Sunday, November 13, 2011

How Long Before The New Electric Cessna 172 Is Ready For Flight Training

How long before an electric Cessna 172 is available for flight training? That is the question, and the wait isnt as long as we think..
Cessna Aircraft, ever the leader in general aviation innovation is working with Bye Energy to design a proof-of-concept Cessna 172 aircraft powered by an electric powerplant. You may wonder if this is a serious effort, or some strange turn has been taken at Cessna.
Well, consider this: Another aviation pioneer Burt Rutan and dreamer addressed the World Electric Symposium at the Experimental Aircraft Association museum during last years AirVenture 2010 where he speculated about the possibilities of self-launching electric sailplanes, and conventional aircraft with backup electrical propulsion systems to amazing electrical powered aerobatic airplanes.
If Burt Rutan is dreaming of these things, who amongst us can question that these ideas are part of the future of aviation. And, why not! Aviation has always been a leader in technological advancements, ever since that fateful day in December when the Wright Brothers flew the world’s first heavier-than-air powered aircraft carrying man, the Wright Flyer.
Throughout the years incredible advances in technology have improved the lives of humans, and when the space age dawned those advance accelerated producing many of the things we take for granted as every day things today: computers, microwave ovens, cell phones and more.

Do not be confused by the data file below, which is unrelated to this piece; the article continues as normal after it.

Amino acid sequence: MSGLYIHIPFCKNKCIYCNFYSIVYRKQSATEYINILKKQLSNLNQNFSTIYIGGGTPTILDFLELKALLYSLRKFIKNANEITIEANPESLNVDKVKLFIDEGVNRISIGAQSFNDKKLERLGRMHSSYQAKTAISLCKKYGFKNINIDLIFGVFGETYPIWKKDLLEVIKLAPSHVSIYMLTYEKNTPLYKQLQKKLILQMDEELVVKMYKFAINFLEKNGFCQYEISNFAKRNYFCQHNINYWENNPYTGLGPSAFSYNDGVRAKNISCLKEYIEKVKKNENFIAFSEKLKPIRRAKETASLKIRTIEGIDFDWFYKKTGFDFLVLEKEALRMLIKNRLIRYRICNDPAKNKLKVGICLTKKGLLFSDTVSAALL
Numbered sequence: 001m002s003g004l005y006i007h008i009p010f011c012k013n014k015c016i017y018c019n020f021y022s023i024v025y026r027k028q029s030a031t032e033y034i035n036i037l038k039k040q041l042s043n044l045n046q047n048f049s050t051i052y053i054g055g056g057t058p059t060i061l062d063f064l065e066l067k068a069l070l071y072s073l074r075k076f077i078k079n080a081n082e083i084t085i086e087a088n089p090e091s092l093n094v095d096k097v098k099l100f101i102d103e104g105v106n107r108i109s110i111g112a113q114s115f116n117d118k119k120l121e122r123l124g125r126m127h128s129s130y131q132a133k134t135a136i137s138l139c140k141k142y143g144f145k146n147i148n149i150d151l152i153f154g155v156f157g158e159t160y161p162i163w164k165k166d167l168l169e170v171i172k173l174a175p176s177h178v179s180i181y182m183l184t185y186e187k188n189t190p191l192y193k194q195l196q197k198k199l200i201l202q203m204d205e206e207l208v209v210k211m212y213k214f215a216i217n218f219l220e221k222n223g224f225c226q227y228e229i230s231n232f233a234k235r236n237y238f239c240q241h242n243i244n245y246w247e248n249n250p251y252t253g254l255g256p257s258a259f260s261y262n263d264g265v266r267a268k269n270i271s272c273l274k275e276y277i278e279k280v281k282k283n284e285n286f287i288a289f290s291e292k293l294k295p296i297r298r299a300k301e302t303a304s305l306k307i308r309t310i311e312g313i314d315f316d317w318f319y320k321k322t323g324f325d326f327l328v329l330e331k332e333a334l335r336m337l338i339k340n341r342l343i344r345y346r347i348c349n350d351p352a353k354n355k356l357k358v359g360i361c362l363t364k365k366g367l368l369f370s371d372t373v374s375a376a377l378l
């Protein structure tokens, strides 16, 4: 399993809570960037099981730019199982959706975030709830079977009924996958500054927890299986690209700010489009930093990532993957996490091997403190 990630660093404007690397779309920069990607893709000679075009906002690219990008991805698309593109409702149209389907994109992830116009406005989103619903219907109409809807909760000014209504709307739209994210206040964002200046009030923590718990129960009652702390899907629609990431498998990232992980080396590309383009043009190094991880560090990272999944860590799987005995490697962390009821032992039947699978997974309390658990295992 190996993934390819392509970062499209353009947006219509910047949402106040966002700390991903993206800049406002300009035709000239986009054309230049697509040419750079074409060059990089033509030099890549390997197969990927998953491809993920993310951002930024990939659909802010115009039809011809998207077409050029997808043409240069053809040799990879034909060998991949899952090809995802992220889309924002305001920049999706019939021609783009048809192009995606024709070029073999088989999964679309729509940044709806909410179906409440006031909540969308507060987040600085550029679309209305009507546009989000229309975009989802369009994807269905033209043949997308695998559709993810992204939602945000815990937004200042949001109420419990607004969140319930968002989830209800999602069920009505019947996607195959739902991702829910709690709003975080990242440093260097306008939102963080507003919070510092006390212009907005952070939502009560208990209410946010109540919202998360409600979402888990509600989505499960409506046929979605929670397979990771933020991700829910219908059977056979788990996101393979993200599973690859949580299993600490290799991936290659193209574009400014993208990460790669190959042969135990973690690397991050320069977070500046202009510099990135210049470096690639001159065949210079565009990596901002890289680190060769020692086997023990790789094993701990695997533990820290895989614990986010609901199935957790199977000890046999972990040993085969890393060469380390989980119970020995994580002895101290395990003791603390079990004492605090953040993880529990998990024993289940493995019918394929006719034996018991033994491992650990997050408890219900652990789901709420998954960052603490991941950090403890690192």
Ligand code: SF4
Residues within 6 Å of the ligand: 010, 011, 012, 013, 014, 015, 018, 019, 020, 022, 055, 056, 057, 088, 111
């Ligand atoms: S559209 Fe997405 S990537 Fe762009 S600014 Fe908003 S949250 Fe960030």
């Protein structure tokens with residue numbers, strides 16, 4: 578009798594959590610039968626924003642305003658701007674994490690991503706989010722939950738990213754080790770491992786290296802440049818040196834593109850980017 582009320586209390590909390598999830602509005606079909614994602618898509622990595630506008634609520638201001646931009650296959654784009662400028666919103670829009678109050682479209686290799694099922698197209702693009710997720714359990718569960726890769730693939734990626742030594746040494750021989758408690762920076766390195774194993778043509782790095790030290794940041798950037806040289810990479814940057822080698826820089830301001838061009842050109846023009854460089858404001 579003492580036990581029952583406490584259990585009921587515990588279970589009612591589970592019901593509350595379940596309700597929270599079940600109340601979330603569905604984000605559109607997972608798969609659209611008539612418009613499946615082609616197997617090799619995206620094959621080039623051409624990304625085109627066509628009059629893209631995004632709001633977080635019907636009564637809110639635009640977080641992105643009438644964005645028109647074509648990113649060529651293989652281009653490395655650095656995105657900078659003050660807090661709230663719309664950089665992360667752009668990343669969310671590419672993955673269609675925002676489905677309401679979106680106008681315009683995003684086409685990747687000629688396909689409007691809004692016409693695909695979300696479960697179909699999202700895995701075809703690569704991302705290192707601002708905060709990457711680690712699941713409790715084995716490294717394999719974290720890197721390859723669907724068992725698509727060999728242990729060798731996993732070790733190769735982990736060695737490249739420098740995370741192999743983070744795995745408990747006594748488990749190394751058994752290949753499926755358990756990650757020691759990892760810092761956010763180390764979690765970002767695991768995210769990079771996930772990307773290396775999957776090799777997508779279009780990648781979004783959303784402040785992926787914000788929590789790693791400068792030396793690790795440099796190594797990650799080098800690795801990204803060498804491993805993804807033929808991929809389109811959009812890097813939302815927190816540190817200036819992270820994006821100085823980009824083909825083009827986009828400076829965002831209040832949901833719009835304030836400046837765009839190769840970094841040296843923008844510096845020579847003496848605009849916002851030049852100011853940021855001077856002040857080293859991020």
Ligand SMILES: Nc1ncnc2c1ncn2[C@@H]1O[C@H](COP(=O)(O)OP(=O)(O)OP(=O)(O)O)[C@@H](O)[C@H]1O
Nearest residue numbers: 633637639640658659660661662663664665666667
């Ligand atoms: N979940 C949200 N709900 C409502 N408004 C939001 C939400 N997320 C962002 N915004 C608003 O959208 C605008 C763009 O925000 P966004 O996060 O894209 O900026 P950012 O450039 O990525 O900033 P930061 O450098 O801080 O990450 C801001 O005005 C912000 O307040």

Imagine an aircraft with an electrical emergency power plant which could provide just enough energy to an approach or go-around if the primary engine were to fail.
And Cessna has delivered over 43,000 Cessna 172s, the aircraft I learned to fly in. Bye Energy envisions an APU (auxiliary power unit) fueled by jet fuel driving an electric motor which powers the electric Skyhawk. George Bye, chairman, president and CEO of Bye Energy, explained the future of the electric aircraft in more detail. He noted the rapid progress of the project, moving from early concept to power-up during 2010. Taxi tests were said to be the next step for the Electric Cessna 172 Skyhawk, but things have been quiet so far in 2011. There's no question it will be a few more years before electric aircraft become a common site at small general aviation airports

What do you think about electrically powered aircraft?

The AirplaneNut